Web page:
When Howard Megdal broke the story of United States youth international Haji Wright signing with the New York Cosmos, I have to admit, I was shocked. Wright is one of the jewels of the US youth system (alongside Arsenal player Gedion Zelalem), and I fully expected to see the player either wait until his 18th birthday to sign with a European side, or simply sign with the Los Angeles Galaxy of MLS, where he'd spend the next several seasons.
Instead, Wright chose to be a pioneer of sorts, and will now spend the 2015 season playing in the North American Soccer League. That decision has been unpopular with many MLS fans, who can't understand why a player of Wright's pedigree would willingly choose to start life in the second division, as opposed to trying his hand in the top tier of American soccer*. Quite frankly though, it's not a hard decision to understand at all.
*Realistically, Wright would be playing in USL to start his career.
One of the largest drawbacks of MLS and their single-entity structure is a lack of control for players, in terms of both salary and where they'll be playing. There is no exception for an exciting youth international like Wright.
Having come through the Los Angeles Galaxy academy, that franchise was the only side in MLS with the ability to sign him. The Galaxy also had the ability to trade Haji's rights* to another team within the league. With Wright heavily rumored to be leaning toward a European move, this scenario could be problematic from his perspective, as the league would likely make that difficult.
*See what I did there?
As a player that just turned 17 several days ago, Haji didn't yet have the option of an international transfer. FIFA does allow for international transfers for players under 18 in some cases, but while European clubs have been massaging those regulations for years, the recent transfer ban of FC Barcelona and the ongoing investigation at Real Madrid seems to have had the desired effect in that regard. The reality of the situation was that he'd likely have to wait until his 18th birthday next season to sign a professional deal if his desire was to head to Europe immediately.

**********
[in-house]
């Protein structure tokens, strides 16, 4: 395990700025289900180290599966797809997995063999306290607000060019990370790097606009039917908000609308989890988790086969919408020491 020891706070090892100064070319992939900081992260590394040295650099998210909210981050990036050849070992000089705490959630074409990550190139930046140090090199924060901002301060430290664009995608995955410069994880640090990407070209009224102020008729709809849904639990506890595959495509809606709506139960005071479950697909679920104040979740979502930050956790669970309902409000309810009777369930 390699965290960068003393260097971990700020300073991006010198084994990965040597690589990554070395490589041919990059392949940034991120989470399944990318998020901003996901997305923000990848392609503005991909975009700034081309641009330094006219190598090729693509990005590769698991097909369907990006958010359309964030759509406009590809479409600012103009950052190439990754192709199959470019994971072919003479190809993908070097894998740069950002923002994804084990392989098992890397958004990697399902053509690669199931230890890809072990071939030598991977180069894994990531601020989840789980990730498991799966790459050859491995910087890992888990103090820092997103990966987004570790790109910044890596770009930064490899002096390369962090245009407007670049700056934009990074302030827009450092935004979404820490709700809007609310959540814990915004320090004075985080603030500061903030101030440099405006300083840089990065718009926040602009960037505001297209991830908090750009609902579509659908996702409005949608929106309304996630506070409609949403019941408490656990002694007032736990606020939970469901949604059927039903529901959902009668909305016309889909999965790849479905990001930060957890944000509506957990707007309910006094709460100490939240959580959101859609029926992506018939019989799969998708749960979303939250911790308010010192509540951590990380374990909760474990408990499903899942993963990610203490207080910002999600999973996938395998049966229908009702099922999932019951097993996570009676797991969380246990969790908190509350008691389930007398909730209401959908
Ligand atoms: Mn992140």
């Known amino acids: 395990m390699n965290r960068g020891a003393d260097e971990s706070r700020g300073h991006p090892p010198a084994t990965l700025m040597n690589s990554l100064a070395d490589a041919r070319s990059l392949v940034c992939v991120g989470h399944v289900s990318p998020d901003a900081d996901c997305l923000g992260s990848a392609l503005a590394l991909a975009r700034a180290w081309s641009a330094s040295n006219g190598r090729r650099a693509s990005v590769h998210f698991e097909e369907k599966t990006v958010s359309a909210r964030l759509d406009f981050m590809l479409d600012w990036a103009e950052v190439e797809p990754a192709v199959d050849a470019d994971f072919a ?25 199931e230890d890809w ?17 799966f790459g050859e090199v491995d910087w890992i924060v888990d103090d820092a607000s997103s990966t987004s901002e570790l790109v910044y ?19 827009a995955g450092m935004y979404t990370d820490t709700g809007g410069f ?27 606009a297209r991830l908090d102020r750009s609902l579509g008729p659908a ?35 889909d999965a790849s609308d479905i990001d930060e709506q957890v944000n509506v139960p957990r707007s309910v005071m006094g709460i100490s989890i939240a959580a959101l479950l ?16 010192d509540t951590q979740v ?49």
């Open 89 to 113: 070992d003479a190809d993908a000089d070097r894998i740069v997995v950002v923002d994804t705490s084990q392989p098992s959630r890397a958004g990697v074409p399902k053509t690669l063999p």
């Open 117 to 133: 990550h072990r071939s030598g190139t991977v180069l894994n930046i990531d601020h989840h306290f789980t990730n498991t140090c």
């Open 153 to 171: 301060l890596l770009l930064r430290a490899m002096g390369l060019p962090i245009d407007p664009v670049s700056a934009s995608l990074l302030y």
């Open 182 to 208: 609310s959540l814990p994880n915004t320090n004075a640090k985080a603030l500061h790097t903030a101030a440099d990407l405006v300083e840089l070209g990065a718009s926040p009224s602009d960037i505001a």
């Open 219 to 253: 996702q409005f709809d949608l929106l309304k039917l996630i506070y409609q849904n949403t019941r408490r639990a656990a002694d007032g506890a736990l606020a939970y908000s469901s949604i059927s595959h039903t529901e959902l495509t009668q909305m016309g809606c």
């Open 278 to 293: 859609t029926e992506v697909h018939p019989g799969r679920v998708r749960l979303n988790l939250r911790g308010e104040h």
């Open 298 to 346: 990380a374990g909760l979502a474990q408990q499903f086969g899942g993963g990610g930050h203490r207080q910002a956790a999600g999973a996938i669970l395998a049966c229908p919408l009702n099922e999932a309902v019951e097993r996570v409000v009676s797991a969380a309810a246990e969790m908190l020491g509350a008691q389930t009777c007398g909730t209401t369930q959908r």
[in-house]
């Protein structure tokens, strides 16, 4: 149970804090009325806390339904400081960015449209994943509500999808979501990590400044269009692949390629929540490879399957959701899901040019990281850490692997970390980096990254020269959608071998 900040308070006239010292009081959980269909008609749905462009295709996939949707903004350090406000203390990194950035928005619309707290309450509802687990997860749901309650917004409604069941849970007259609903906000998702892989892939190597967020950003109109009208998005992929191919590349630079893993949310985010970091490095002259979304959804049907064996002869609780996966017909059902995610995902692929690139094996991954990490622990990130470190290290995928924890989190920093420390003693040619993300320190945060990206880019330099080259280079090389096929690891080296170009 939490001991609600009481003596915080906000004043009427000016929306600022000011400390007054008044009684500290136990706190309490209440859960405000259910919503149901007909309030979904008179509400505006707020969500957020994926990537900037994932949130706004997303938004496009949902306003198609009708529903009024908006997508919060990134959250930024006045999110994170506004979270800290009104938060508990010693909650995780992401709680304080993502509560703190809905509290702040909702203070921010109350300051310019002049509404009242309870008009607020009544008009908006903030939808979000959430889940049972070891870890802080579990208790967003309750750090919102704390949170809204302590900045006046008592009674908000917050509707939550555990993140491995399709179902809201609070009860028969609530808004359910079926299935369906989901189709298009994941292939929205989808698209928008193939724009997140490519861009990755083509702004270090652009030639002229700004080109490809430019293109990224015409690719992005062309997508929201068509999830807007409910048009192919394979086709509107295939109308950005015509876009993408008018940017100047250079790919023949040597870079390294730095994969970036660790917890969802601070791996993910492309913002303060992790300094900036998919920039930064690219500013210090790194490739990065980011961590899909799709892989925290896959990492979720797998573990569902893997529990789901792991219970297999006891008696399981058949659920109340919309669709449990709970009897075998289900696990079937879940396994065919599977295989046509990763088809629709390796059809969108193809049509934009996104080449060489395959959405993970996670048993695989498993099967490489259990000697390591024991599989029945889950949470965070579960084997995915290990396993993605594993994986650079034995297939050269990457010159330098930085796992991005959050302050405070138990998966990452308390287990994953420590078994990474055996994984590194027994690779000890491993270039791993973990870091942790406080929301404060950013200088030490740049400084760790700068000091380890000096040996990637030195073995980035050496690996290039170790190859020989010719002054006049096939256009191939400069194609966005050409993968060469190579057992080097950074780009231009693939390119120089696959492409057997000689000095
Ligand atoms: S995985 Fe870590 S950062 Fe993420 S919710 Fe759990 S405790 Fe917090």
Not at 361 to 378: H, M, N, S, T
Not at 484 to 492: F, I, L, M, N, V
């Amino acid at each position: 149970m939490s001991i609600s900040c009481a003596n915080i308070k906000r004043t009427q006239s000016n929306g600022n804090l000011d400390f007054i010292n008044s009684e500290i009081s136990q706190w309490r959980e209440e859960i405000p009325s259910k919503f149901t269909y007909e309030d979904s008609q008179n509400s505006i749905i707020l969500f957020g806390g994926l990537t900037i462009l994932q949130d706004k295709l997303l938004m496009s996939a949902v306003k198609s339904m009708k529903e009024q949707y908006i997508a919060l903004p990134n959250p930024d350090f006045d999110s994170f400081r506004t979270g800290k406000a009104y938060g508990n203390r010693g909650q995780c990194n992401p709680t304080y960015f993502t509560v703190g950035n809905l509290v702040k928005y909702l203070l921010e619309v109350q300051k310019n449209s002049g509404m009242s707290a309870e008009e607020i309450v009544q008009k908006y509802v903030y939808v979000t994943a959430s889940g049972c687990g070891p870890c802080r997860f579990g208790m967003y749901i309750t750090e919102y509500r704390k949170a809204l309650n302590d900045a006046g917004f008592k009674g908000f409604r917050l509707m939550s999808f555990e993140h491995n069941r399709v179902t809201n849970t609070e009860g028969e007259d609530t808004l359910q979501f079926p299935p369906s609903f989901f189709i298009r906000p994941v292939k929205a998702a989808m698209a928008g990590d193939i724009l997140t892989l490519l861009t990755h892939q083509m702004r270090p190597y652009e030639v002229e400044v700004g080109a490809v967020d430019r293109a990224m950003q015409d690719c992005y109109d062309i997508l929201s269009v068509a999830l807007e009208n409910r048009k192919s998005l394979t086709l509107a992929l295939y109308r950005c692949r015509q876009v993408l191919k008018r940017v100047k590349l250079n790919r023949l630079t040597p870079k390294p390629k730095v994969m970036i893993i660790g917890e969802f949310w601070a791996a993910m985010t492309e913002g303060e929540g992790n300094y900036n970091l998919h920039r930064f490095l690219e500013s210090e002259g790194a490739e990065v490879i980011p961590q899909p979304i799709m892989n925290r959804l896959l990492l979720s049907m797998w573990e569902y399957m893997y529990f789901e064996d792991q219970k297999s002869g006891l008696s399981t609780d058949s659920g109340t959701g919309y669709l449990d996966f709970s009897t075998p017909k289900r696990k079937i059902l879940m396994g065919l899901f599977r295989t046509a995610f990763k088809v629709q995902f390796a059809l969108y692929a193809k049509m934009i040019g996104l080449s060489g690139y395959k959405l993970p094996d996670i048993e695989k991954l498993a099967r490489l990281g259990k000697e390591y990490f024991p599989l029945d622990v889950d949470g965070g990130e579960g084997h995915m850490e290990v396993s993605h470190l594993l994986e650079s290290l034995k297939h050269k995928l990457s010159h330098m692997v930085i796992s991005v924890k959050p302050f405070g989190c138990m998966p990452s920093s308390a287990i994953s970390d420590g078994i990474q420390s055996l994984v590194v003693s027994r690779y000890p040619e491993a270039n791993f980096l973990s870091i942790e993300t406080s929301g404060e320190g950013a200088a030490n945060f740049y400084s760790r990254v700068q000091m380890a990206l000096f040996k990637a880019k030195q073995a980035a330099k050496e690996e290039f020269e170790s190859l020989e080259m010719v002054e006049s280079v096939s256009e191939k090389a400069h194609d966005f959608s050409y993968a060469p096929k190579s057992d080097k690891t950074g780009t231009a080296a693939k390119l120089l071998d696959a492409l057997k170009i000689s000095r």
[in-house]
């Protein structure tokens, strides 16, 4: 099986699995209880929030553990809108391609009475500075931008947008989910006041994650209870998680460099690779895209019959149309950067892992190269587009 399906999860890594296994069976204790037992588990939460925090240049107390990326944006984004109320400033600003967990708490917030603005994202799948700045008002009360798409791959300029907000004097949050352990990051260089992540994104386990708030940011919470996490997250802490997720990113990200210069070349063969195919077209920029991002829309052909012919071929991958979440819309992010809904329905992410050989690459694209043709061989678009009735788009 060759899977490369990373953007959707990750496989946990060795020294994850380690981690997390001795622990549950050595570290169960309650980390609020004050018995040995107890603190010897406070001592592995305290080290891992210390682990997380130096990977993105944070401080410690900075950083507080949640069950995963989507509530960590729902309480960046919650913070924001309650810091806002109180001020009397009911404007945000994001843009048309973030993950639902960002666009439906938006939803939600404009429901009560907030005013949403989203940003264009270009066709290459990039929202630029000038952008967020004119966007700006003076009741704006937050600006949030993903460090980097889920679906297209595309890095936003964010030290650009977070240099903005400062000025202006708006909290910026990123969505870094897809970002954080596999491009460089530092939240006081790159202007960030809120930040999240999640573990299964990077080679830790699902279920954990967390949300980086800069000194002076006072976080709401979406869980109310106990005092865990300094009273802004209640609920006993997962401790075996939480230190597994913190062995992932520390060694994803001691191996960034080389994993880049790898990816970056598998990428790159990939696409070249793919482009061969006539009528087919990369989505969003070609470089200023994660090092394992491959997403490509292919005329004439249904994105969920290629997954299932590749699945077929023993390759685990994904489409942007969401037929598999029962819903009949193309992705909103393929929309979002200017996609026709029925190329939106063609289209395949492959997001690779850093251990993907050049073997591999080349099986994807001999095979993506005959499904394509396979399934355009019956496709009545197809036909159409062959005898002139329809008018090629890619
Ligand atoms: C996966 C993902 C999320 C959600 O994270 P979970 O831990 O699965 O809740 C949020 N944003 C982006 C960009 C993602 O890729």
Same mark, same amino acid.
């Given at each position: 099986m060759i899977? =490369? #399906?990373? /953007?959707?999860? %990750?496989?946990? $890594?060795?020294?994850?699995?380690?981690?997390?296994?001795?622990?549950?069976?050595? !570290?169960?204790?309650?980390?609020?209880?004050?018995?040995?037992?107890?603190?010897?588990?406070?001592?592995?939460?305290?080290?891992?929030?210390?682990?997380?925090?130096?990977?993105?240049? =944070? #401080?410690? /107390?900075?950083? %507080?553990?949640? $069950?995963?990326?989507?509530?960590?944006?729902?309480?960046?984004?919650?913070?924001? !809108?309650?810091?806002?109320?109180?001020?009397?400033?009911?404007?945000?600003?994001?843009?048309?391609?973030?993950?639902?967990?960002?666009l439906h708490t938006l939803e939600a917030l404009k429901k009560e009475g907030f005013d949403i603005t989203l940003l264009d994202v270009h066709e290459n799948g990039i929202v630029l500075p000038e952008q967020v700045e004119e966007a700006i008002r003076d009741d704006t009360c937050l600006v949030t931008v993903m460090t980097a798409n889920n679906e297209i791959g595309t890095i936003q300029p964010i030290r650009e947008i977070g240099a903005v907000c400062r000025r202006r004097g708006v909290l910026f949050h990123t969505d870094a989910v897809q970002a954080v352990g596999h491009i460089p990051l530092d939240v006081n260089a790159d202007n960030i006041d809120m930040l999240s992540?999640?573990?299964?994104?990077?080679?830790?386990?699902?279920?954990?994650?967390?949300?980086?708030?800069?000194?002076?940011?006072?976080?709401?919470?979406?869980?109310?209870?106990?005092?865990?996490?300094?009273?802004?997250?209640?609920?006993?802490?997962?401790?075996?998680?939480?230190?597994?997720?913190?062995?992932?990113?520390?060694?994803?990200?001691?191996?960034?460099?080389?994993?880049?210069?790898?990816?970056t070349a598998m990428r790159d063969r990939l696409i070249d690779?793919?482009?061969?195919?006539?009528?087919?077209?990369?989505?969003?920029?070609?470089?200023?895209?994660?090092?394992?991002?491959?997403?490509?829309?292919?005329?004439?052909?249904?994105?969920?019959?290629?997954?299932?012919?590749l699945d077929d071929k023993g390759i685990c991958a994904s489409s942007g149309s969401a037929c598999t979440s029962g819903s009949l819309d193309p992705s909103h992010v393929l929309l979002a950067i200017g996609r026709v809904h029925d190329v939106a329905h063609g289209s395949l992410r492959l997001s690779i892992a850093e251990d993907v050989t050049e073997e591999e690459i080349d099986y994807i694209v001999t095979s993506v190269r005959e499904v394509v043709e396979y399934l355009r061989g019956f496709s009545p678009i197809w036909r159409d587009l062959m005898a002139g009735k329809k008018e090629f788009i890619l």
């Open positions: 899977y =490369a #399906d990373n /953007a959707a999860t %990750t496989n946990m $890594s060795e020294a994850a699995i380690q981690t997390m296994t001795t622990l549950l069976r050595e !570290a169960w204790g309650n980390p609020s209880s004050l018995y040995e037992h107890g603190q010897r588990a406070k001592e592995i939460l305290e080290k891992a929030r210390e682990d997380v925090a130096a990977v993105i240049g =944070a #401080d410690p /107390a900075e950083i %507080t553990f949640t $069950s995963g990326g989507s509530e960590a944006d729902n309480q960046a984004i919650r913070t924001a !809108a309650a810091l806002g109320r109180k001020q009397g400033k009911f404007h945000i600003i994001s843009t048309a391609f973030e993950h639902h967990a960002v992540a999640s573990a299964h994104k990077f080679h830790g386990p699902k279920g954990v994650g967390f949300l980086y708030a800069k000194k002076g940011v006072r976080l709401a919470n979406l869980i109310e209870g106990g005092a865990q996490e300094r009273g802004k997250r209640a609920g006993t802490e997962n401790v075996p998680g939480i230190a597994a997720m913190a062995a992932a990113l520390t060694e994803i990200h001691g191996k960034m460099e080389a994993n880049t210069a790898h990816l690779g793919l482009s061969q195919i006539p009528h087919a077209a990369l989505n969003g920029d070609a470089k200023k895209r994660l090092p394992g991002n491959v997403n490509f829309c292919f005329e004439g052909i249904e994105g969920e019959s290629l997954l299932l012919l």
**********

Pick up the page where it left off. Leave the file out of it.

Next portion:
The MLS format puts players like Wright in a unique and unfortunate position, as the single-entity structure of the league means that the player lacks the ability to choose between competing top division clubs. The Galaxy have all of the leverage in negotiations, and can simply freeze the player out until he's old enough to move to Europe if he won't make the concessions that they desire. The MLS franchise can push for a longer term in any deal because of this, and would likely wind up with a say in what European club the player ultimately joins.
With the growth of the NASL comes a viable alternative, however, that could be of real benefit to kids like Wright. By negotiating with both the Cosmos and the Galaxy, Wright put himself in a position to get a more favorable deal, and likely one that allows him to leave for the European club of his choosing at whatever point he feels ready. He'll also still be allowed to compete at a level which should prove challenging enough in the interim, and just as importantly from his perspective, be adequately compensated for his efforts.
Where Wright's career eventually takes him is yet to be determined, but it wouldn't be hard to believe that USMNT coach Jurgen Kilnsmann is pushing the player to test himself in Europe. As long as Don Garber and MLS are making that path more difficult for young, American talents, NASL clubs have a real opportunity to take advantage, and benefit themselves while helping the players.